There are quite a few different places to eat through the Guinness Storehouse, from a cafe to a traditional Irish pub. We didn't visit any of them as we weren't ready for lunch, but they certainly looked nice. The attraction is spread over seven floors, but is fully accessible with lifts and ramps.
We spent about 2-3 hours going round the Guinness Storehouse, and it really was a highlight of our trip to Dublin. It was interesting, very well presented and good fun - plus I've learned that I like Guinness! Highly recommended, and a must for any visit to Dublin.
The Guinness Brewery can easily be reached in Dublin as both the green and red sightseeing hop on hop off buses stop there on their tour of the city. It costs 15 euro per adult to enter but if you buy online you will get a 10% discount. This is quite a popular attraction and we went early to avoid the crowds. Note, this isn't the actual real brewery now so you wont see any brewing. On the ground floor is a rather vast gift shop where you can buy almost anything endorsed by Guinness though it isn't cheap. The brewery itself has many many floors which brief you on the history of Guinness. You will learn about how the brewery was first created, how Guinness is made and the processes involved in making the black stuff. Further on up you get to learn about the numerous Guinness advertisements made over the years as well as all the different variations of drink that have been made. There are lots of multimedia tools designed to help the visitor learn and understand what it is that they are seeing.
The real treat though is the gravity bar at the top of the building. You get a 360 degree panoramic view of Dublin and can see all the sights of the city. What's more you get a free pint of Guinness when you're there!
There are lifts and escalators so it is quite disabled friendly. Allow at least a couple of hours for the tour.
I have now visited the Guinness store house on two separate occasions, the first time I was with someone who knew the manager therefore I had a personalised tour and I did not see it the way the usual tourists see it! The second time I was a tourist and went with my partner, we purchased a Dublin pass so we had quick entry and admission was free, however I believe the usual cost to enter is around 15Euro each and there are sometimes some queues.
When you reach the floor where the tour starts you can either wait until a tour is starting or go round yourself, we were on a day trip and did not want to kill time waiting therefore we went round by our selves.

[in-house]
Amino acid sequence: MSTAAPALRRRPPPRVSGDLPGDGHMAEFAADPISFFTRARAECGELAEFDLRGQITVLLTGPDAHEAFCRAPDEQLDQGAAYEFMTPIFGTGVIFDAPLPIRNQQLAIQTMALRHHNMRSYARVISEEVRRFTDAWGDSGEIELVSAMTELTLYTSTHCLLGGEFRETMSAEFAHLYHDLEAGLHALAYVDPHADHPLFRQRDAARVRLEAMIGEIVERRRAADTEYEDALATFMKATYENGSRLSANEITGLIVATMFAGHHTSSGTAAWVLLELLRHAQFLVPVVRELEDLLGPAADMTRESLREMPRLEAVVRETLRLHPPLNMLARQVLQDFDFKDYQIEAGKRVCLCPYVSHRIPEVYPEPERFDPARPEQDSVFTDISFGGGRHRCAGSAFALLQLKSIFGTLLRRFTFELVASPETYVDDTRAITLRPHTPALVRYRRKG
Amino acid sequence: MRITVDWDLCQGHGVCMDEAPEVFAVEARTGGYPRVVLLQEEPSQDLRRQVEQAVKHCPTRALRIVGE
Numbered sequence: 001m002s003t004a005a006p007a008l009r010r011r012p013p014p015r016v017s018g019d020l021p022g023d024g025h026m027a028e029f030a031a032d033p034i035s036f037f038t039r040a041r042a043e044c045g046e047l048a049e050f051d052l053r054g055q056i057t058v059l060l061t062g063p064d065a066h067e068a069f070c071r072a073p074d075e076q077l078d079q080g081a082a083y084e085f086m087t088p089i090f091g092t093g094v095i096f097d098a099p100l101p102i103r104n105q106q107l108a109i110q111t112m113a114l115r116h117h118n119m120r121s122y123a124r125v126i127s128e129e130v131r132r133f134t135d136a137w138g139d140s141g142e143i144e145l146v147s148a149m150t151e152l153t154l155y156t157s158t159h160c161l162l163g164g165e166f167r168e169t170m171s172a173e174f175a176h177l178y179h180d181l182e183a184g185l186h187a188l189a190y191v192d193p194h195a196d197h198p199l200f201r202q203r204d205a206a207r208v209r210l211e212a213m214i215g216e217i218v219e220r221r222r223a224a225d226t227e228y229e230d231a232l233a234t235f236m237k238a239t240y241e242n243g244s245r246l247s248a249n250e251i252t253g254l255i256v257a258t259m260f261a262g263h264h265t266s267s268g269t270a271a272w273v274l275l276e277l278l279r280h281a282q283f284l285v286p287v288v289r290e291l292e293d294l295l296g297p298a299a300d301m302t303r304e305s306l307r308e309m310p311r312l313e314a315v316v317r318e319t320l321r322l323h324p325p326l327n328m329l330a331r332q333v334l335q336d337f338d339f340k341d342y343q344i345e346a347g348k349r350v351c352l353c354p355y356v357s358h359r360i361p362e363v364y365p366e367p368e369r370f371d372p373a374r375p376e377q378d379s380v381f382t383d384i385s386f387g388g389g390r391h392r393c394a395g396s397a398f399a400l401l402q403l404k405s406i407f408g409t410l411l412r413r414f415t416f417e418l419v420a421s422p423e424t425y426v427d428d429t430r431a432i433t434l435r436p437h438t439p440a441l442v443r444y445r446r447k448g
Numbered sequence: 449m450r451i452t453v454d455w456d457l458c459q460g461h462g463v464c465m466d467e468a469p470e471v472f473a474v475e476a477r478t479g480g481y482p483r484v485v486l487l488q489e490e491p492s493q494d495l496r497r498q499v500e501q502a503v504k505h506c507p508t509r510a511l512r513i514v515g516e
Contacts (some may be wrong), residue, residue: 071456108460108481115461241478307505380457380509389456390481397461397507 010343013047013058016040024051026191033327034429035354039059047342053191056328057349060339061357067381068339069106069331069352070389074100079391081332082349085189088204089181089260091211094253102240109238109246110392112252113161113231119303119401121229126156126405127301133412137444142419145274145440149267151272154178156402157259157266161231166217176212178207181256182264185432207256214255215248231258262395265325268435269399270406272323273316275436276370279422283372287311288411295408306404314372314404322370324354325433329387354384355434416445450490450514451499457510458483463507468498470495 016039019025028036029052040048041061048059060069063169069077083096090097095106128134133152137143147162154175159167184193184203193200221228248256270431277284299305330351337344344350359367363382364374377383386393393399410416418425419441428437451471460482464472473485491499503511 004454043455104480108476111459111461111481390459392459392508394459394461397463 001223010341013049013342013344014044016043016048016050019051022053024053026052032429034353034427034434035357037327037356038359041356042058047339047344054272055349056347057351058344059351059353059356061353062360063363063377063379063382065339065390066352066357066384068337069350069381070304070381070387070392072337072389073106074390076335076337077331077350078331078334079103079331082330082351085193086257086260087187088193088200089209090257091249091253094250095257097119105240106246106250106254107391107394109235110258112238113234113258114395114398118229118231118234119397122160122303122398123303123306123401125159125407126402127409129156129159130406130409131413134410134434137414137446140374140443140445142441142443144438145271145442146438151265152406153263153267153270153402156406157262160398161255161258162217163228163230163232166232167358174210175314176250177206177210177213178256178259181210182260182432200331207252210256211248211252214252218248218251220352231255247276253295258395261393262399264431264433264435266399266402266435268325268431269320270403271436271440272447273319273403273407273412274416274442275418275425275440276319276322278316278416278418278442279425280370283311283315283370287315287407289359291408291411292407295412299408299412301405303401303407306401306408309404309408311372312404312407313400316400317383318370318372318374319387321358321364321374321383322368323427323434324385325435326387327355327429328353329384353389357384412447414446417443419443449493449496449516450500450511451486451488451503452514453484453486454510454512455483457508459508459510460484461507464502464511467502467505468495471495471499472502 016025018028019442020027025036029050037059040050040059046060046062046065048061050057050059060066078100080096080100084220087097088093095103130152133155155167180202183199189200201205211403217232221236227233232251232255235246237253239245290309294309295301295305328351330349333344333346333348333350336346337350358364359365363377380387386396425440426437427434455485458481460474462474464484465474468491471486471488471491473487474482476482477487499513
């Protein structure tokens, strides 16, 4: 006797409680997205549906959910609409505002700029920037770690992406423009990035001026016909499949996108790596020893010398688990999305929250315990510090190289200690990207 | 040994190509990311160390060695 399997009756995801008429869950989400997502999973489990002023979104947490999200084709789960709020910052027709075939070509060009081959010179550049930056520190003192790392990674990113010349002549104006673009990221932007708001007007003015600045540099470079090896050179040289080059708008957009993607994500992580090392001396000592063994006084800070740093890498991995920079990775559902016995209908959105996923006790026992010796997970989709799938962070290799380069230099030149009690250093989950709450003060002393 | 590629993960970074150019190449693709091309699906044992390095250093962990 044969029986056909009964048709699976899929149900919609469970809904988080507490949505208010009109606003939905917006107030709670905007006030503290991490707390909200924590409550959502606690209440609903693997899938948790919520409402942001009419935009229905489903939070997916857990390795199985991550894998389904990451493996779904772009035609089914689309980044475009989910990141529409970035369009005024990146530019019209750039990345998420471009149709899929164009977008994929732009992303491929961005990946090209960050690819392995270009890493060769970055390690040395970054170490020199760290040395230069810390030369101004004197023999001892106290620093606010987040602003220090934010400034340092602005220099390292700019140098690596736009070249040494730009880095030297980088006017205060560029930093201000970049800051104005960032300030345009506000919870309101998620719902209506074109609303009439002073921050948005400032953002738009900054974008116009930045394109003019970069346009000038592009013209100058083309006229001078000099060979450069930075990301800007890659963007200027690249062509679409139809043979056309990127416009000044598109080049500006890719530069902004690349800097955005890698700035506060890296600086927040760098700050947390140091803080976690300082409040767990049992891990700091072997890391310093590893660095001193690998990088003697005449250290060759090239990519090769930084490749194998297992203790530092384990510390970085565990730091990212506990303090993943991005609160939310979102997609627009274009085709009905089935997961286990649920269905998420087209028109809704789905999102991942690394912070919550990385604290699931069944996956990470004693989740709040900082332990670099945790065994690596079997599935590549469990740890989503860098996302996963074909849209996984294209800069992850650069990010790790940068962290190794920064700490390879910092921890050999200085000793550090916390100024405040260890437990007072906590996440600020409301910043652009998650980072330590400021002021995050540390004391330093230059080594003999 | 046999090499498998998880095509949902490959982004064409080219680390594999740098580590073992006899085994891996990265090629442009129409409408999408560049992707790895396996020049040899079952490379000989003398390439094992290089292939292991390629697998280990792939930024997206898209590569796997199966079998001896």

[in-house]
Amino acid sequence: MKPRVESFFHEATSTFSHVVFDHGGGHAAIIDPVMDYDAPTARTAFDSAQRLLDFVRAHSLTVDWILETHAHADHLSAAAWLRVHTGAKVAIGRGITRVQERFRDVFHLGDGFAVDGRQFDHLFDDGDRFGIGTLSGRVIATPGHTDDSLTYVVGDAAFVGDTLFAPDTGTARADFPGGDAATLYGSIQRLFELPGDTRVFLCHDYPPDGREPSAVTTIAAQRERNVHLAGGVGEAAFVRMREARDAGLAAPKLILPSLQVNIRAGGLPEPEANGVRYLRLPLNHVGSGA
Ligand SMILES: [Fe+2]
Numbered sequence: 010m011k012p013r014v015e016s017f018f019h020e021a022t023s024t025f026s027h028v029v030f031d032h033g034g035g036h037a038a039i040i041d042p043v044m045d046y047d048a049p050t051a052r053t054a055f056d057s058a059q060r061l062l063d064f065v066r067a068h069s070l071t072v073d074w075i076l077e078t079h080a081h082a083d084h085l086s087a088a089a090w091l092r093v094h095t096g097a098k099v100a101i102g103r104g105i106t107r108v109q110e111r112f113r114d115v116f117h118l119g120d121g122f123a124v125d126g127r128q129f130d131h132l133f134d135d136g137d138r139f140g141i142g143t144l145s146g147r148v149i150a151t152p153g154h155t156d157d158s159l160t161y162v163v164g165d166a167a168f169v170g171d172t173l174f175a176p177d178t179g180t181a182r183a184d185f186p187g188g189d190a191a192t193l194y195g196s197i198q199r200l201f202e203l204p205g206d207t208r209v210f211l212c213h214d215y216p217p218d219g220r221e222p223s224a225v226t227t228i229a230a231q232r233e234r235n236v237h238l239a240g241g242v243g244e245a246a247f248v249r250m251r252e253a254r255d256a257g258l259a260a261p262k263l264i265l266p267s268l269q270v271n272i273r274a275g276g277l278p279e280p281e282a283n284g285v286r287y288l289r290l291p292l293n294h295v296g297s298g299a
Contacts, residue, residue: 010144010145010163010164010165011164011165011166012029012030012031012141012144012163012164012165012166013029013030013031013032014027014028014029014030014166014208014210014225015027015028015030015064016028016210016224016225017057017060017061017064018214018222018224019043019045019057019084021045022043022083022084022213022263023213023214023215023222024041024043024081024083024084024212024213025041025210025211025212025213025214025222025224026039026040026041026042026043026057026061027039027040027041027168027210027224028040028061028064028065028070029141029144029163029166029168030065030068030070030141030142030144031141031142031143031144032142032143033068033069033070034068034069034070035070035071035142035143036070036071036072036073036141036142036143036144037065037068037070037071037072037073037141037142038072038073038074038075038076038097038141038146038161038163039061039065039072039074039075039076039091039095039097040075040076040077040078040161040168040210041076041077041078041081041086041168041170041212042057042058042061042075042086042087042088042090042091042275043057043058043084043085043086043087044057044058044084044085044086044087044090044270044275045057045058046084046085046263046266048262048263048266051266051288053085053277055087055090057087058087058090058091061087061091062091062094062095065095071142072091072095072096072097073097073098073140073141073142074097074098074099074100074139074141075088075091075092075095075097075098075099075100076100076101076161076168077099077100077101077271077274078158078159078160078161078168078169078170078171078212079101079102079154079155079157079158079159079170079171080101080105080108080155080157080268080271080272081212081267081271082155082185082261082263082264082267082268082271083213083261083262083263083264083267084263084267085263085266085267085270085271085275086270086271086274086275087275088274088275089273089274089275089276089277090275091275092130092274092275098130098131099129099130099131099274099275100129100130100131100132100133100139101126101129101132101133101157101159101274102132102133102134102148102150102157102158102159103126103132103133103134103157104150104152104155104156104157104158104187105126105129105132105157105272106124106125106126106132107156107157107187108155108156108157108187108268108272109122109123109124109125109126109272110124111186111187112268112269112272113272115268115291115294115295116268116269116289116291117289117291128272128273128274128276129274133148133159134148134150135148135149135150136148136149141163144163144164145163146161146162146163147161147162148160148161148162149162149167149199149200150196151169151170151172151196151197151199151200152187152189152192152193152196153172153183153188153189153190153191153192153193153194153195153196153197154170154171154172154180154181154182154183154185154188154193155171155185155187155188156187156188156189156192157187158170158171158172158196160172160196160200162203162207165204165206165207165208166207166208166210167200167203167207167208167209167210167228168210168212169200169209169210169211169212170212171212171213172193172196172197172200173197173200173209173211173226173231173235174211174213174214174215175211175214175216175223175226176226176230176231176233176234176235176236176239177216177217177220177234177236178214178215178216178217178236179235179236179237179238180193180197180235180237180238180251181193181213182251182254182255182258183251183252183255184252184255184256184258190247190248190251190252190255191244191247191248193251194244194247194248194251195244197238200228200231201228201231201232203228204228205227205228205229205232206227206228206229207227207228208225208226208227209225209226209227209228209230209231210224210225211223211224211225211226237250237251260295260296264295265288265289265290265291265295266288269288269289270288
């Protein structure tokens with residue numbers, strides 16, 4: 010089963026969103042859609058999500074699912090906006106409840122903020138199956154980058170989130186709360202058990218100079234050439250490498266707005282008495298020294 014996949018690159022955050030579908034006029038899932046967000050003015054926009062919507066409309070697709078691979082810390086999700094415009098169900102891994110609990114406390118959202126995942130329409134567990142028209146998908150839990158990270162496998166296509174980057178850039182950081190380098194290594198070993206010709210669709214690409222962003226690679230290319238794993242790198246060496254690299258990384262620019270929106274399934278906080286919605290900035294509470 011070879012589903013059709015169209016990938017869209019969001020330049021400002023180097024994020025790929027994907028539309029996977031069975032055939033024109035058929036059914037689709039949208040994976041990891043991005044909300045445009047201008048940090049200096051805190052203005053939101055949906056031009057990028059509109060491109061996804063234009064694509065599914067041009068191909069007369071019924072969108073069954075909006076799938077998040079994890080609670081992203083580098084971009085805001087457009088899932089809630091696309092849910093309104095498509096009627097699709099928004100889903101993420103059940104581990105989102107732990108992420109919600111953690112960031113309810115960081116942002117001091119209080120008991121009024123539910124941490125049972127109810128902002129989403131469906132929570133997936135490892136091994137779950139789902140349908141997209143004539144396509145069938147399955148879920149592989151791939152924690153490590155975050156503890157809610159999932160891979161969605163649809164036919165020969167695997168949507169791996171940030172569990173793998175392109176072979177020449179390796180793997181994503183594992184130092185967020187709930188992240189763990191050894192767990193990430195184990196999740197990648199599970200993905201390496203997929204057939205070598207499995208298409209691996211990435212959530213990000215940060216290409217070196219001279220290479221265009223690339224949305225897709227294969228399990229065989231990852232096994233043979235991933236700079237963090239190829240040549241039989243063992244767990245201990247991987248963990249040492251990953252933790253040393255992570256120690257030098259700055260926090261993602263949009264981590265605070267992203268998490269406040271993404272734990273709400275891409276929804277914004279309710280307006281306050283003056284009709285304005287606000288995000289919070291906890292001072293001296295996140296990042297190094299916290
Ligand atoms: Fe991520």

There are 7 floors in the Guinness store house and if you are scared of heights I would avoid this museum at all costs as on the escalators you can see direct to the bottom floor and it is a very long way down!! There is a lift available for pushchairs and people with disabilities but you still can see the drop from the lifts.
The ground floor is where the shop is found and the tour starts its journey. This is the part of the storehouse where you learn about the ingredients that are used in a pint of Guinness. Barley, hops, yeast and water - there are some impressive displays and photo opportunities, i.e. there is a large fountain you can walk next to that represents water.
You then go up a flight of stairs that take you to the Arthur Guinness room which has a short film and explains how the original pint was created. You then follow up another flight of stairs to the tasting lab - I didn't see this the first time I went but was pleased it had been included this time as you got a small amount of Guinness to taste, which is ideal if you are unsure if you want to order the free pint when you get to the gravity bar. I was surprised how smooth it tasted as I am not a ale drinker and having had a sip of Guinness in England and hated it I found this taster direct from the brewery very tasty!
Then on to cooperage and transport, I found the cooperage part really interesting as it was fascinating to see how they managed to make the casks without using any adhesive and the skill involved was amazing, it's a shame trades like this had to come to a end. The transport section was as you would expect, a model train, boat etc - not very interesting.
Upwards and onwards and you find a small area showing some advertising pieces, it was nice seeing adverts you had long forgotten, but I feel this area was lacking something and could be expanded upon. On this floor you also find a coffee bar, however I can't rate this as I did not stop for this.